The first three types of sin offerings serve as a reminder that neither the religious nor the political hierarchy nor even the will of the people is infallible. The fourth type of offering reminds us that these forces cannot always be held at fault. Though one might seek to blame religion, or the government, or society as a whole for one’s shortcomings, the Biblical text remind us that it is “nefesh ahat techta“- (Leviticus 4:27) a single individual who sins.
There is an important distinction, though, between the sacrifices for public and private wrongdoing. When any of these major forces in Jewish life goes astray, the recognition must be a distinctive one – a sacrifice whose combination of location, animal and ritual, will be instantly recognizable as a public spectacle. In contrast, though, the Biblical text takes care to note the location where the individual’s sin-offering is to be slaughtered not in terms of its location north of the altar, but rather by saying that it is to be brought to the exact same place where the olah offering is slaughtered. There are in fact minor differences between the two offerings, but they would only be apparent to a close observer or to the priest performing the sacrifice. Rabbi Shimon Bar Yohai (T.B. Sotah 32b) notes that it as if our text is saying that it should not be apparent to the casual observer that a sin-offering is being brought. This observation of the “hidden” nature of the personal hattat reflects a great sensitivity to the role of guilt in repentance. People are often genuinely embarrassed to have done wrong, and admitting the wrong to one’s self and the one who one has wronged are difficult enough without having to proclaim one’s guilt before the assembled masses in the sanctuary. The anonymity of the sin offering removes public embarrassment as a potential barrier to repentance.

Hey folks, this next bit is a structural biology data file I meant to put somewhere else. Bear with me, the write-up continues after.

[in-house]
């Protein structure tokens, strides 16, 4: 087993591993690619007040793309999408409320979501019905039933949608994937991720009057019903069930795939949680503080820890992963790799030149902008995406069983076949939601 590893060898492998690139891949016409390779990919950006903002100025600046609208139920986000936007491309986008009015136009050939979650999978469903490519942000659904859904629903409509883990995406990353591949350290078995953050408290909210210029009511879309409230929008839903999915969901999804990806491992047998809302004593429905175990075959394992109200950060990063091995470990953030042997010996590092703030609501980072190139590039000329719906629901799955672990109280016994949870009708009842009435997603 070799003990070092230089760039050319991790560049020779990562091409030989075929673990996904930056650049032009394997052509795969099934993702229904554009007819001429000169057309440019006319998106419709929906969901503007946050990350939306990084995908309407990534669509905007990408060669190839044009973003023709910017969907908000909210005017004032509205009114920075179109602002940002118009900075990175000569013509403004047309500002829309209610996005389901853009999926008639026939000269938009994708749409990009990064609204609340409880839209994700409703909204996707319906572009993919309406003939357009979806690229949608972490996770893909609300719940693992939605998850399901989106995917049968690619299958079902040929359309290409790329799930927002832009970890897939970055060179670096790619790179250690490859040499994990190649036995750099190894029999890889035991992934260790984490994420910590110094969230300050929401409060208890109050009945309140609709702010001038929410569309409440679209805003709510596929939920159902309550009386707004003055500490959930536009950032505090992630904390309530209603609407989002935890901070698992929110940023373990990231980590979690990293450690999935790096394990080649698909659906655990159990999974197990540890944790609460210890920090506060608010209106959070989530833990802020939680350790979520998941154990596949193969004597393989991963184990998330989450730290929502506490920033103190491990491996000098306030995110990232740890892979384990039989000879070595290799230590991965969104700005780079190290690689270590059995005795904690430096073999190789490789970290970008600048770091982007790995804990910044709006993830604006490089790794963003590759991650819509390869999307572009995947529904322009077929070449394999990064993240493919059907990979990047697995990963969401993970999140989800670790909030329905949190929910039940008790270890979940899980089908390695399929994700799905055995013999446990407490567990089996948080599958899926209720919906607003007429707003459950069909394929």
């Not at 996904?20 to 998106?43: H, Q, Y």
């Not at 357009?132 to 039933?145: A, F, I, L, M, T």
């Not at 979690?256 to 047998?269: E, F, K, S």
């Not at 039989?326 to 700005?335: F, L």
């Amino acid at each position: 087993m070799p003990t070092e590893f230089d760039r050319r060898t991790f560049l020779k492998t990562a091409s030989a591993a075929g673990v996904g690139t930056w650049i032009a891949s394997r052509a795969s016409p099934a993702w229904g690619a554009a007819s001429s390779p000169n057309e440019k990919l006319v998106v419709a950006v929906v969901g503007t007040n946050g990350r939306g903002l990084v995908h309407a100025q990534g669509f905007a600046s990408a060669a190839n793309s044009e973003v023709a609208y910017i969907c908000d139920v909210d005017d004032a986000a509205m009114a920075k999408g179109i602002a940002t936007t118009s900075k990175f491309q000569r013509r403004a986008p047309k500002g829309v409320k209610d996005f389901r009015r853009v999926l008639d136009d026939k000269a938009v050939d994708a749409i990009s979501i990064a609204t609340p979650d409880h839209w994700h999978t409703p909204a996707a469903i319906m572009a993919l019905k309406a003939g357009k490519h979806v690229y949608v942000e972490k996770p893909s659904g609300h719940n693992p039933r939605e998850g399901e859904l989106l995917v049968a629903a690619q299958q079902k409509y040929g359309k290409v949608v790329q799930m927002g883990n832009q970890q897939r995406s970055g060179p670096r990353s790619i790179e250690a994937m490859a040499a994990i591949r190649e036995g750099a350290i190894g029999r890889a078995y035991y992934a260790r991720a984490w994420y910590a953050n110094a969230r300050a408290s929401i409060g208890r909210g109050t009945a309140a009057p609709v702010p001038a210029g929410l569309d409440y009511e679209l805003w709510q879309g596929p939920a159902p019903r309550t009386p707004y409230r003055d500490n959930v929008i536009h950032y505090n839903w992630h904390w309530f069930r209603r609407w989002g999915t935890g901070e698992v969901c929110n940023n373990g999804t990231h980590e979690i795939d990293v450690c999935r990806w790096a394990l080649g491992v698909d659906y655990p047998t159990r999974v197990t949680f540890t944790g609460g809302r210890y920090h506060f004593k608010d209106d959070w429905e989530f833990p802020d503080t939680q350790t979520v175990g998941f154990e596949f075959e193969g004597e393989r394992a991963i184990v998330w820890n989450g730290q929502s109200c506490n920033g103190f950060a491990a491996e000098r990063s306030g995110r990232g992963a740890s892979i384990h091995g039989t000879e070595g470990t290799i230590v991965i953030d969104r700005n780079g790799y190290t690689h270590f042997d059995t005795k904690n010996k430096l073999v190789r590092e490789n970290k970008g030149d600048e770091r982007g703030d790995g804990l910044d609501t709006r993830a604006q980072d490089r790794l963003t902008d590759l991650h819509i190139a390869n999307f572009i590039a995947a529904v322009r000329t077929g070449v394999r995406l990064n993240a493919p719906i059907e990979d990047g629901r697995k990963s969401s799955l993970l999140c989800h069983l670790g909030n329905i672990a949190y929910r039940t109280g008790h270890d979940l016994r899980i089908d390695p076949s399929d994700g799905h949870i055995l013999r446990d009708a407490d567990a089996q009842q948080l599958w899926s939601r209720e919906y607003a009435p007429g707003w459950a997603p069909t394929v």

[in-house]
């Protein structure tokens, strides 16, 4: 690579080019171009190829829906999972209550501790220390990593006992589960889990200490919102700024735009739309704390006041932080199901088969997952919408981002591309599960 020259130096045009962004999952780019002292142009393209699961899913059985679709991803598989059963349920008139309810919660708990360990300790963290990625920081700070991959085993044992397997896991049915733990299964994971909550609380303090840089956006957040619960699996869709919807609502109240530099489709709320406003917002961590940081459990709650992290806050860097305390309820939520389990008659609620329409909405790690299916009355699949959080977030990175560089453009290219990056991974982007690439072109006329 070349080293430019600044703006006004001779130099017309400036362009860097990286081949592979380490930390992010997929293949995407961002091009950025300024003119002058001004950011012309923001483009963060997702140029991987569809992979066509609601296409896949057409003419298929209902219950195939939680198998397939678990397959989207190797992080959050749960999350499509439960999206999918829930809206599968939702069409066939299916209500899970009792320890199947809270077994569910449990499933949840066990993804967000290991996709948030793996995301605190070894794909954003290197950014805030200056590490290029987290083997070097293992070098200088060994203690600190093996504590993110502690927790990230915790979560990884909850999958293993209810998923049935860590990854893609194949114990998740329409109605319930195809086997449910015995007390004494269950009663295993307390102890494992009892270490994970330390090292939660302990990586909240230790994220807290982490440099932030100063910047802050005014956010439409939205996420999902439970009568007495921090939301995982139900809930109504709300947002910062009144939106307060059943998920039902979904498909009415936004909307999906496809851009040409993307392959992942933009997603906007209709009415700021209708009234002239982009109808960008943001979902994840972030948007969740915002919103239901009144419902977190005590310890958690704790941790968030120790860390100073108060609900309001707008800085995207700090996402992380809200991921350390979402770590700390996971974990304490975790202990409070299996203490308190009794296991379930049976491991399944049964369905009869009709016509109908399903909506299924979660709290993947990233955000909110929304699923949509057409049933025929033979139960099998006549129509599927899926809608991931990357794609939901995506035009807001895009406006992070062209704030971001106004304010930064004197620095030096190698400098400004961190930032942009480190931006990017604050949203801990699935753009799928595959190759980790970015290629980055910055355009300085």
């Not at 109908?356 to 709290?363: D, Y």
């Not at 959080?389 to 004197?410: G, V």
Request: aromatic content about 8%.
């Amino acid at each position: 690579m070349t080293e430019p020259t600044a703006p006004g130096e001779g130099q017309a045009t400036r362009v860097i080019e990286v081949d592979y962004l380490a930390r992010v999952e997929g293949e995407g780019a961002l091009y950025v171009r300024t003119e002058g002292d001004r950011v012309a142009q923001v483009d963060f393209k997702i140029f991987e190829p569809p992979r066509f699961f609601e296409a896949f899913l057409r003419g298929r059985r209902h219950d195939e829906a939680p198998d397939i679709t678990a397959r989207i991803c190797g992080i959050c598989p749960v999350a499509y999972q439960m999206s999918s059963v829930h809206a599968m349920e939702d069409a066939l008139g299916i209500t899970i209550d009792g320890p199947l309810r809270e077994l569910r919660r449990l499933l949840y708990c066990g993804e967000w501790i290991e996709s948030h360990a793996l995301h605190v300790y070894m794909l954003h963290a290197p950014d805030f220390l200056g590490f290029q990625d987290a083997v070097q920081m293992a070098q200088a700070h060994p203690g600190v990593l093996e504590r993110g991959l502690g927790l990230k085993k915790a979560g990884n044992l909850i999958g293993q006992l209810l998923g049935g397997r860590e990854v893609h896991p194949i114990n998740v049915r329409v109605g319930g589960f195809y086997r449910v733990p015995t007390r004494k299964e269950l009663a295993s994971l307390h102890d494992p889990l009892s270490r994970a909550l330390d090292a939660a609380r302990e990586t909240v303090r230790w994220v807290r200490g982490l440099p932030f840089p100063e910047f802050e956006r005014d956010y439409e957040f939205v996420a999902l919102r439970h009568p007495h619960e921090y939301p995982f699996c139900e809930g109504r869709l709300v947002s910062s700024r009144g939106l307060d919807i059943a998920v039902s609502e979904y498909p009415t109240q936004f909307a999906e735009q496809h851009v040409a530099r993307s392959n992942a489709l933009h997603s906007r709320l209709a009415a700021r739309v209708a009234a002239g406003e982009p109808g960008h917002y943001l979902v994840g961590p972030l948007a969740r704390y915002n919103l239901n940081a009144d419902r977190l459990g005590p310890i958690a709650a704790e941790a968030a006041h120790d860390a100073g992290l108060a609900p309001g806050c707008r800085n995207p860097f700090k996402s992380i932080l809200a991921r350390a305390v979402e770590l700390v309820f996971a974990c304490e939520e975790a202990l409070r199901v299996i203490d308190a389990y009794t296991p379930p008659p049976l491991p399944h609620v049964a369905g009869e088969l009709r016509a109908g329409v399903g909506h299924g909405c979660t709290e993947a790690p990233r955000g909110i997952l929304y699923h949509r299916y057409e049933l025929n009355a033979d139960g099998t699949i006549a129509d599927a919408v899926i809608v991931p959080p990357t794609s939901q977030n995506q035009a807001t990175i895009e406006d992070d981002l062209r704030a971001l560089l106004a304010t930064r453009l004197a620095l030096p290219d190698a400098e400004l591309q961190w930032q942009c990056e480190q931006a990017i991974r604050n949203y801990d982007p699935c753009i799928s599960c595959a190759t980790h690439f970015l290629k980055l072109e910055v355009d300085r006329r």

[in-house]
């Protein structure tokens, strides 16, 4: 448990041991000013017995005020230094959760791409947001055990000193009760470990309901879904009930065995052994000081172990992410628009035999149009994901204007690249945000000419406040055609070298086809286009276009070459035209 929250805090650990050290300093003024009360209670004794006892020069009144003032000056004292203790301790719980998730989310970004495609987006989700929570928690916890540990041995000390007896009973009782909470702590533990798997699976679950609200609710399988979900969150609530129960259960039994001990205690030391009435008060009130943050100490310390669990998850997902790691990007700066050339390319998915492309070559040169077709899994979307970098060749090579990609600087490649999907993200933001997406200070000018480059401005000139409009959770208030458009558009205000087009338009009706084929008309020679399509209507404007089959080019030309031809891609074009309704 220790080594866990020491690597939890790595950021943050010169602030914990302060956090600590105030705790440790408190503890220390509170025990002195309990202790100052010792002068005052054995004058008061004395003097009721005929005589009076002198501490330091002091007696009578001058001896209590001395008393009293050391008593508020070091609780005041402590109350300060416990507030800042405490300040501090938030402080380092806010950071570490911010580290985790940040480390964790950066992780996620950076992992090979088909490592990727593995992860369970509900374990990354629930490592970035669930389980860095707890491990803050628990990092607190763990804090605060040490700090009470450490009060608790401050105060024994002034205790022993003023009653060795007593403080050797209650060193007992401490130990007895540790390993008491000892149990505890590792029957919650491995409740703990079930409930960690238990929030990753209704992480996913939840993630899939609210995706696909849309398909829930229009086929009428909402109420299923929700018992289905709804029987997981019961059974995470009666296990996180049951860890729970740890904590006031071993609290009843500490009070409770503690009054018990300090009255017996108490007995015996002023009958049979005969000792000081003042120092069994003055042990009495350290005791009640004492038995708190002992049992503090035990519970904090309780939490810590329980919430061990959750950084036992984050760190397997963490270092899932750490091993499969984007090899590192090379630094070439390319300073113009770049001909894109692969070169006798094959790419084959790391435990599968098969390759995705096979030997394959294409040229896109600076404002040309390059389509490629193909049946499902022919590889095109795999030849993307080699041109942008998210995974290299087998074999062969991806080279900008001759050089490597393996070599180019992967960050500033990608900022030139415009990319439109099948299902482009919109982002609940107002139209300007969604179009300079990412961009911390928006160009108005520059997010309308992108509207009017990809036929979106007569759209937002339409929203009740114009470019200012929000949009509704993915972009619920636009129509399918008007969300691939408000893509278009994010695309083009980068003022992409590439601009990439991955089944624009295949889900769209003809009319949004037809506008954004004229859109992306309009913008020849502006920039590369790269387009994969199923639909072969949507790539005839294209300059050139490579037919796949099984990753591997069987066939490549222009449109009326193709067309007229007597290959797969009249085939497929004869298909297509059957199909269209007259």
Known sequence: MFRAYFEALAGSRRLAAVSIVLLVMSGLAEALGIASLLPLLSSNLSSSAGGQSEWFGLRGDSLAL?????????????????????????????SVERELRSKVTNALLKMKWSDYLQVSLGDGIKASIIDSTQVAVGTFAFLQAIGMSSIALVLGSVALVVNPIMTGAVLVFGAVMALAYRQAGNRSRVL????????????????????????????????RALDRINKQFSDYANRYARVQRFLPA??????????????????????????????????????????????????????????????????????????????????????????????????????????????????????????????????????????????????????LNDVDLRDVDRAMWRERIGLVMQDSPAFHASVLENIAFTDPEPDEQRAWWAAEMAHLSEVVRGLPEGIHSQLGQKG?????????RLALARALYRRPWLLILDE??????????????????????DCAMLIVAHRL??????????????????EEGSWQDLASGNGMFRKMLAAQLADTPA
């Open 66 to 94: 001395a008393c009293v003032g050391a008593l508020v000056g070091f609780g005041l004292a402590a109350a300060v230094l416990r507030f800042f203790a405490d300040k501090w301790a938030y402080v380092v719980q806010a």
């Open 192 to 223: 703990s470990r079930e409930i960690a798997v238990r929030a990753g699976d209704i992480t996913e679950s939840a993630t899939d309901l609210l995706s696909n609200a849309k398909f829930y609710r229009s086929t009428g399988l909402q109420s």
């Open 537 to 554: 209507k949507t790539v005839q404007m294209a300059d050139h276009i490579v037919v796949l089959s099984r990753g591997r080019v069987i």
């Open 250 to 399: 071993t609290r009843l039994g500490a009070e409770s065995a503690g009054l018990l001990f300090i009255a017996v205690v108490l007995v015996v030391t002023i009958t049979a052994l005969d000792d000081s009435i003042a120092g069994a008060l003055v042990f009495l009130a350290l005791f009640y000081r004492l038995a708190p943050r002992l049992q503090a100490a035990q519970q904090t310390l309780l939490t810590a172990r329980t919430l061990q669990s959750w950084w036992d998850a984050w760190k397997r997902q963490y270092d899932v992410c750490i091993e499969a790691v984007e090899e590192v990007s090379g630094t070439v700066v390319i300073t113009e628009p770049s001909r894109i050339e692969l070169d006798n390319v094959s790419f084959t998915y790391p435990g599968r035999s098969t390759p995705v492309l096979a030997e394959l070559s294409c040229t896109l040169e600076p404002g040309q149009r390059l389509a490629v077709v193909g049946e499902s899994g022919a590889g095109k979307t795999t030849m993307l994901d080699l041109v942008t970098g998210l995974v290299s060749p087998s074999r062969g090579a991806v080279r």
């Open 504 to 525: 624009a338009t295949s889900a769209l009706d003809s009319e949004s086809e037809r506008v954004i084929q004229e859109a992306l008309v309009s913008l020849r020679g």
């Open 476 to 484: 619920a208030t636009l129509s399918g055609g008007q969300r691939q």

Even in its description of the bloody rituals of animal sacrifice, the Bible reflects a sensitivity to human nature. Public, national sins must be declared and atoned for openly, so that the nation will not grow overconfident in the infallibility of its leaders or its own consensus. Personal sins, though, can be atoned for privately, so that the gates of repentance offer the least possible resistance to those who would walk through. The liturgy of Yom Kippur, which has taken the place of the sacrificial ritual, mirrors the very same sensibility. In our quiet prayers on that day, and indeed, on every weekday, we may ask, silently, privately for forgiveness for a host of personal sins. When we pray aloud, though, we do so in unison, in the plural voice so that no individual need stand up and be singled out, and all may seek atonement.
Rabbi Joshua Heller